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Execution

Polygon Miden is an Ethereum rollup. It batches transactions - or more precisely, proofs thereof - that happen together in the same time period into a block. The execution model describes how the state progresses on an individual level via transactions and at the global level expressed as aggregated state updates in blocks.

Execution

Transaction execution

Every transaction will result in a zkProof that attests to its correctness.

As mentioned in transactions, there are two types of transactions: local and network. For every transaction there is a proof which is either created by the user in the Miden Client or by the Operator using the Miden Node.

Transaction batching

To reduce the required space on the Ethereum blockchain, transaction proofs are aggregated into batches. This can happen in parallel by different machines that need to verify several proofs using the Miden VM and thus creating a proof. Verifying a STARK proof within the VM is relatively efficient but it is still a pretty costly operation (we aim for 216 cycles).

Block production

Several batch proofs are being aggregated together into one block. This can not happen in parallel and must be done by the Miden Operator running the Miden Node. The idea is the same, using recursive verification.

State progress

At the beginning, Miden will have a centralized operator running a Miden node.

Users will send either transaction proofs (using local execution) or transaction data (for network execution) to the Miden Node. Later on, the Miden Node will use recursive verification to aggregate transaction proofs into batches.

Batch proofs are aggregated into blocks by the Miden Node. The blocks are then sent to Ethereum, and once a block is added to the L1 chain, the rollup chain is believed to have progressed to the next state.

A block produced by the Miden Node looks somewhat like this:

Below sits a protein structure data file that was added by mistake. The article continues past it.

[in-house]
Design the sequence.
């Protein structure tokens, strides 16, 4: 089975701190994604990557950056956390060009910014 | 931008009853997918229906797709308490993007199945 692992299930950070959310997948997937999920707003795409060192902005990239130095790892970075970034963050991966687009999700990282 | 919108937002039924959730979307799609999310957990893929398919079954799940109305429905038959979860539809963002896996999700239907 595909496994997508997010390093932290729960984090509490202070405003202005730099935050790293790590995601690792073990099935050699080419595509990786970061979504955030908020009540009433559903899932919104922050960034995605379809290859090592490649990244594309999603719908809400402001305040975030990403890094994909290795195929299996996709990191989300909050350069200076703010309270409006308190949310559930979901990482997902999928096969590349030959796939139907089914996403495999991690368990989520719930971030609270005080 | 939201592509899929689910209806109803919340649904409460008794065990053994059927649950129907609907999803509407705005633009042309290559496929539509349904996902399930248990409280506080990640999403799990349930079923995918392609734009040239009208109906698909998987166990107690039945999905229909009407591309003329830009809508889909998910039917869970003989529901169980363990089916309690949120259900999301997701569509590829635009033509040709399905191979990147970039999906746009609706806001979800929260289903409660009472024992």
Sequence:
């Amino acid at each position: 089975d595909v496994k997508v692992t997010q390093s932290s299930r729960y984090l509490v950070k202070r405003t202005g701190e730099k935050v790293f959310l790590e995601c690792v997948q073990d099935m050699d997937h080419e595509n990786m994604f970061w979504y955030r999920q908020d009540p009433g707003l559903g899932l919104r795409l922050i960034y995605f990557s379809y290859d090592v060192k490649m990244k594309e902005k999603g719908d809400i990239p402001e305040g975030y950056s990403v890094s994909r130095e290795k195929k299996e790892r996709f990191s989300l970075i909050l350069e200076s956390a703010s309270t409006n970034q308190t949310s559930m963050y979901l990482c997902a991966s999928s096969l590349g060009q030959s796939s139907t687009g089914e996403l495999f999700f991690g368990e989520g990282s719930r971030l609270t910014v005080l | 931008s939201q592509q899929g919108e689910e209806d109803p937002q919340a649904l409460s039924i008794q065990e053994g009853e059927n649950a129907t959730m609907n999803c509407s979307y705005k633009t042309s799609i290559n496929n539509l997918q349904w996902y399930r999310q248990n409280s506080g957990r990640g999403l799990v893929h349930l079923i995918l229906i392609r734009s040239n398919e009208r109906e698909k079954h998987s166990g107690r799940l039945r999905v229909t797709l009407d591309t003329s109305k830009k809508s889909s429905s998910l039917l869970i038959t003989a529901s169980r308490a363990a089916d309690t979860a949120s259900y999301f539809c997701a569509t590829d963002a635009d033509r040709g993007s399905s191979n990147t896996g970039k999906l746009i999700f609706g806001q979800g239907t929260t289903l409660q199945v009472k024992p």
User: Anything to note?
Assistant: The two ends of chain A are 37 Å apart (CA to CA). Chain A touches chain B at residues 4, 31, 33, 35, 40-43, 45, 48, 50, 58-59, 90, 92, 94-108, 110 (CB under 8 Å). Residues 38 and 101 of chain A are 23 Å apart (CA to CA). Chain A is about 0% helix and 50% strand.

Block

  • State updates contain only the hashes of changes. For example, for each account which was updated, we record a tuple ([account id], [new account hash]).
  • The included zkProof attests that given a state commitment from the previous block, there was a sequence of valid transactions executed that resulted in the new state commitment, and also output included state updates.
  • The block also contains full account and note data for public accounts and notes. For example, if account 123 is a public account which was updated, in the state updates section we’d have a records for it as (123, 0x456..). The full new state of this account (which should hash to 0x456..) would be included in a separate section.

To verify that a block describes a valid state transition, we do the following:

  1. Compute hashes of public account and note states.
  2. Make sure these hashes match records in the state updates section.
  3. Verify the included ZKP against the following public inputs:
  4. State commitment from the previous block.
  5. State commitment from the current block.
  6. State updates from the current block.

The above can be performed by a verifier contract on Ethereum L1.

This structure has another nice property. It is very easy for a new node to sync up to the current state from genesis. The new node would need to do the following:

  1. Download only the first part of the blocks (i.e., without full account/note states) starting at the genesis up until the latest block.
  2. Verify all zkProofs in the downloaded blocks. This will be super quick (exponentially faster than re-executing original transactions) and can also be done in parallel.
  3. Download the current states of account, note, and nullifier databases.
  4. Verify that the downloaded current state matches the state commitment in the latest block.

Overall, state sync is dominated by the time needed to download the data.


Last update: December 14, 2023
Authors: kmurphypolygon